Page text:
Unwrap These 25 Scrumdidilyumptious Secrets About Willy Wonka and the Chocolate Factory

In honor of Timothee Chalamet's debut as the famous chocolatier, we're revealing 25 secrets about 1971's Willy Wonka and the Chocolate Factory starring Gene Wilder.

By Tierney Bricker Dec 15, 2023 12:39 PMTags
Watch: Did Wonka's Timothee Chalamet Ask Johnny Depp for Advice?

Come with us to a world of pure imagination.

Based on the 1964 book Charlie and the Chocolate Factory by Roald Dahl, Willy Wonka and the Chocolate Factory invited movie audiences into paradise, bringing the titular magical place to life, chocolate river and edible wallpaper included.

While the 1971 movie only earned $4 million by the end of its theatrical run, it went on to become a beloved classic, thanks in large part to Gene Wilder's wildly entertaining take on the eccentric Willy Wonka. Even though Wilder earned a Golden Globe nomination for his performance, he wasn't Dahl's first choice to receive the golden ticket to play the chocolatier, and the author wasn't exactly impressed with his take on the character.

Now, 52 years and a 2005 film starring Johnny Depp later, Timothee Chalamet is putting his twist on Willy, with Wonka, a prequel directed by Paul King, dancing into theaters on Dec. 15.

Kylie Jenner & Timothée Chalamet: Romance Rewind

In the original story, the reclusive Wonka allows five winners of Golden Tickets, found in his chocolate bars, to visit his whimsical factory. However, in the new film, the focus is on Willy's life before the events depicted in the book and previous movies. It also shows how he met the Oompa-Loompas, the little people he later brings to work at his factory. (They are played by Hugh Grant. Naturally.)

In honor of Wonka's premiere, we're hopping in the hard candy boat and rowing down the chocolate river to revisit the OG movie. We know the suspense is terrible, but it won't last as we're unwrapping thesed 25 secrets about Willy Wonka and the Chocolate Factory:

1. Based on his 1964 novel Charlie and the Chocolate Factory, author Roald Dahl is credited for writing the screenplay for 1971's Willy Wonka and the Chocolate Factory. However, David Seltzer was brought in to do an uncredited rewrite after Dahl faild to deliver a completed script by the start of production.

2. Seltzer's version contained several changes that Dahl disagreed with, including making Wonka's rival Slugworth a more prominent part, the walnut-shelling squirrels becoming golden-egg-laying geese, the ending dialogue, and most notably, Wonka becoming the focus of the film instead of Charlie..

"He thought it placed too much emphasis on Willy Wonka and not enough on Charlie," Liz Attenborough, trustee of the Roald Dahl Museum and Story Centre in Buckinghamshire, told the BBC. "For him the book was about Charlie."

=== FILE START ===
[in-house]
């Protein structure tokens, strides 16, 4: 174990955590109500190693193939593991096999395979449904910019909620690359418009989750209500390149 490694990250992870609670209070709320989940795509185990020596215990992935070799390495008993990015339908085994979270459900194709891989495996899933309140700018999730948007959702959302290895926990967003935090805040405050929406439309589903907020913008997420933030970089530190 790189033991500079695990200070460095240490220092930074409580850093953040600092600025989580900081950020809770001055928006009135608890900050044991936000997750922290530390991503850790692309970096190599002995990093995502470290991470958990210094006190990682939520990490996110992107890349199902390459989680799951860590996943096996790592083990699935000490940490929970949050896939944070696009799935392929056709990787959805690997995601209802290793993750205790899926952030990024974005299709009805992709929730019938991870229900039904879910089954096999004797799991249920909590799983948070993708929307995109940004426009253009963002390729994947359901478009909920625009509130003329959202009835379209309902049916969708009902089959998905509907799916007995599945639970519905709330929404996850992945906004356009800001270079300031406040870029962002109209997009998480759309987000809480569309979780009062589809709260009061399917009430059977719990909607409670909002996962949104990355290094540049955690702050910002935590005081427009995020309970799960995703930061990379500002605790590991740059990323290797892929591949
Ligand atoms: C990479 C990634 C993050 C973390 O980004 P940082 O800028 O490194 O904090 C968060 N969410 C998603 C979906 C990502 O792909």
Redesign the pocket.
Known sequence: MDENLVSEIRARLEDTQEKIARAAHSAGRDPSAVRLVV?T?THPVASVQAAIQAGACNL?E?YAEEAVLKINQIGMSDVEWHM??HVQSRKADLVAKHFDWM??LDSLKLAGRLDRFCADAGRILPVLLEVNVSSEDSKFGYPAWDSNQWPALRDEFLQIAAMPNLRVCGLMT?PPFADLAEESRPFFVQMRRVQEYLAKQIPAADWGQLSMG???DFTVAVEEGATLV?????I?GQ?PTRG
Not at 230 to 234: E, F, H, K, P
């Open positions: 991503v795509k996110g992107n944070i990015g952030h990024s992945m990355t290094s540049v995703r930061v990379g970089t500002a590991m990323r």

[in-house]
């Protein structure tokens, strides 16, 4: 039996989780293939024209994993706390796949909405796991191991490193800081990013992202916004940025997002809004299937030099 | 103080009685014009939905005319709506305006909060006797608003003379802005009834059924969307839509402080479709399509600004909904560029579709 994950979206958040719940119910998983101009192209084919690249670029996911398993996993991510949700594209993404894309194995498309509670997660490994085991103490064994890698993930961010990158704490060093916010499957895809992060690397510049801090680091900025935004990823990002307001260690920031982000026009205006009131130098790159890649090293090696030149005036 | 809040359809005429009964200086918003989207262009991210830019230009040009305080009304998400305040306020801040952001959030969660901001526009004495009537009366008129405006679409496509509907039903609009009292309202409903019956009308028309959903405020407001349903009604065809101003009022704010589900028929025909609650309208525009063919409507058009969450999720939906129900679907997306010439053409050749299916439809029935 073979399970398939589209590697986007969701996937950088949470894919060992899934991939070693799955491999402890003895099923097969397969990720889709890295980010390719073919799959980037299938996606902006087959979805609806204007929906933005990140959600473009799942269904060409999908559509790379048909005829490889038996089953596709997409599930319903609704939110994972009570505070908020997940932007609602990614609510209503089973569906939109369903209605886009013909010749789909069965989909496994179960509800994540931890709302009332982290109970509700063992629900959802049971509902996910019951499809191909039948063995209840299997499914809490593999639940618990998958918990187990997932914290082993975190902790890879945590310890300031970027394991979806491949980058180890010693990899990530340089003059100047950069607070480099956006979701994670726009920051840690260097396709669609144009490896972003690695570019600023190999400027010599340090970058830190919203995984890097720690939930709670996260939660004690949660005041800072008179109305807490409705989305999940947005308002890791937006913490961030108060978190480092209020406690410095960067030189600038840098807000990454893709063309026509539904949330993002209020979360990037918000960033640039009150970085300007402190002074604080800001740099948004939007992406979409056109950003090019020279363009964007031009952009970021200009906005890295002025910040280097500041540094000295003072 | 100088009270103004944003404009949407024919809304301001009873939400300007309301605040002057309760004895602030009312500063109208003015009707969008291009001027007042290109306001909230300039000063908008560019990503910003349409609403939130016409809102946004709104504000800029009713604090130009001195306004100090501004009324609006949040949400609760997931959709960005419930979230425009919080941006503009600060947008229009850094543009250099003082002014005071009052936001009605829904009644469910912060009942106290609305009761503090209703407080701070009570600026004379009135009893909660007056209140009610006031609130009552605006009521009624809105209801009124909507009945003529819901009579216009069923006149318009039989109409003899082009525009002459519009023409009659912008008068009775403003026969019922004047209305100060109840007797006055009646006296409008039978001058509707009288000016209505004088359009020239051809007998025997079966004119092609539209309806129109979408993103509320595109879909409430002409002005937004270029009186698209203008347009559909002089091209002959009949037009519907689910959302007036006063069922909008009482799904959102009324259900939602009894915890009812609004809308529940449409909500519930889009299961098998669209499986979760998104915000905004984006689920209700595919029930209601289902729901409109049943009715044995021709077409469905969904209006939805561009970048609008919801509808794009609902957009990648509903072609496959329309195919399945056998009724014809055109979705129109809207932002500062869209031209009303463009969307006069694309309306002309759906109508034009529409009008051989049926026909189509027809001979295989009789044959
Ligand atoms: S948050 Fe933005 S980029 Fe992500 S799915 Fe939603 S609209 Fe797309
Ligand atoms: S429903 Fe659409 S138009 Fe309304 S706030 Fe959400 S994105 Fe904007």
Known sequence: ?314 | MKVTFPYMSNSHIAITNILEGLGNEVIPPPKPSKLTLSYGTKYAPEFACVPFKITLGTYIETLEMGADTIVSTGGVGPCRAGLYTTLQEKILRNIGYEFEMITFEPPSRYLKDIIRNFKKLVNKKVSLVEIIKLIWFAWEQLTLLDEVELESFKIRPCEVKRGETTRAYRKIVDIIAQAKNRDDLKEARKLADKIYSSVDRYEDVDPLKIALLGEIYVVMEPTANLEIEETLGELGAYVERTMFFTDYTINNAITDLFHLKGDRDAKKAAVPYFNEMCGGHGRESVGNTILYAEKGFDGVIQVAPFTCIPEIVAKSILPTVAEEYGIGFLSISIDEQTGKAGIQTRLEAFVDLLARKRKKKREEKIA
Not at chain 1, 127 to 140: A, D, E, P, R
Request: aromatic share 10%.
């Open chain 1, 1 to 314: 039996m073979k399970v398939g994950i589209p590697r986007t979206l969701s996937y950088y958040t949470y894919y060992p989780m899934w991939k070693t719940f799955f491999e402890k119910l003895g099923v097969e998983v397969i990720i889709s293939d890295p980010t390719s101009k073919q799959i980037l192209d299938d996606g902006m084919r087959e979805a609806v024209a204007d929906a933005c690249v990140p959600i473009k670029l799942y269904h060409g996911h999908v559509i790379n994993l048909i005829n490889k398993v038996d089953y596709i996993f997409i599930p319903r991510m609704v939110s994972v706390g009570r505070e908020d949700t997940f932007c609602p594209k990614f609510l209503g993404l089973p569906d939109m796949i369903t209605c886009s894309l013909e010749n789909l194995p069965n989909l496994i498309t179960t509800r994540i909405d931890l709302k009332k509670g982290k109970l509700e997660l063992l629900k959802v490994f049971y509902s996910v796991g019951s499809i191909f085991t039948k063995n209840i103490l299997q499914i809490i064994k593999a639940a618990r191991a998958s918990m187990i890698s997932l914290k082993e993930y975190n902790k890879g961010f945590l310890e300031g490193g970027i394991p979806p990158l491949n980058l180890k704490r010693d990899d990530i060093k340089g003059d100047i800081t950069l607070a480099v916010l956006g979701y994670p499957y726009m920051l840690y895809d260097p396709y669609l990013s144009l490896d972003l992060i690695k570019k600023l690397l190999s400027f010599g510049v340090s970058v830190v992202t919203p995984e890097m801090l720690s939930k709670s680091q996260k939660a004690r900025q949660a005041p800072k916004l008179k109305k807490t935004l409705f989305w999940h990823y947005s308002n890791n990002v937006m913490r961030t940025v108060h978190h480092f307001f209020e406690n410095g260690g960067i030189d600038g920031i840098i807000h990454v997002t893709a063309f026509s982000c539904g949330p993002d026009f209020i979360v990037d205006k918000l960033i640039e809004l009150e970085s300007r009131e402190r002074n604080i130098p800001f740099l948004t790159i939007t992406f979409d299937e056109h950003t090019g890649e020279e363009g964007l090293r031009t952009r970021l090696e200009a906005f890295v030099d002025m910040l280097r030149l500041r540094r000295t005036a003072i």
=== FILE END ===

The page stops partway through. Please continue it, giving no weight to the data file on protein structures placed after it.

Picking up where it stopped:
3. The Quaker Oats Company financed the movie for $3 million to promote its new Wonka chocolate bar, which is why the movie's title differs from the book's original name. (The company was purchased by Nestle in 2001.)

4. Actors who were considered for the titular role included Fred Astaire, Joel Grey, Ron Moody and Jon Pertwee, though comedian Spike Milligan was Dahl's first choice.

5. But for director Mel Stuart, Gene Wilder was the only person who could play the eccentric chocolatier.

 “His inflection was perfect," Stuart said in Lucy Mangan's 2016 book, Inside Charlie’s Chocolate Factory. "He had the sardonic, demonic edge that we were looking for."

While producer David Lloyd Wolper thought Wilder was "perfect," he tried to stop Stuart from pursuing the actor so that they could negotiate a deal on his salary. But the filmmaker couldn't help but run out into the hall to tell Wilder that he had the part.

6. Before signing on, Wilder had one very specific request.

"When I make my first entrance, I'd like to come out of the door carrying a cane and then walk toward the crowd with a limp," Wilder wrote in a letter to Stuart. "After the crowd sees Willy Wonka is a cripple, they all whisper to themselves and then become deathly quiet...but I keep on walking, until I realize that I no longer have my cane. I start to fall forward, and just before I hit the ground, I do a beautiful forward somersault and bounce back up, to great applause."

As for why this was so important for Wilder? "From that time on, " he explained in his autobiography, Kiss Me like a Stranger, "no one will know if I'm lying or telling the truth.”

7. Wilder also offered input on Wonka's outfits, including the color of his suits, the cut of his jacket and the height of his signature accessory.

"The hat is terrific," he told the costume designer, "but making it two inches shorter would make it more special."

8. The hardest role to cast was Charlie Bucket, the poor boy who finds the last Golden Ticket. Producers found12-year-old Peter Ostrum at the children’s branch of the Cleveland Playhouse, Ohio, just 10 days before filming began in Munich, Germany.

9. However, Willy Wonka and the Chocolate Factory would be his only acting role, with Ostrum going on to become a veterinarian. 

"I guess I just didn’t feel that that was the path that I wanted my life to go," Ostrum explained to The Hollywood Reporter. "I had a great time. I love watching theater. I love watching film. I have so much respect for people that can make a living doing that. But you have to remember being a childhood actor, it’s very difficult to transition from a successful childhood acting career to an adult career."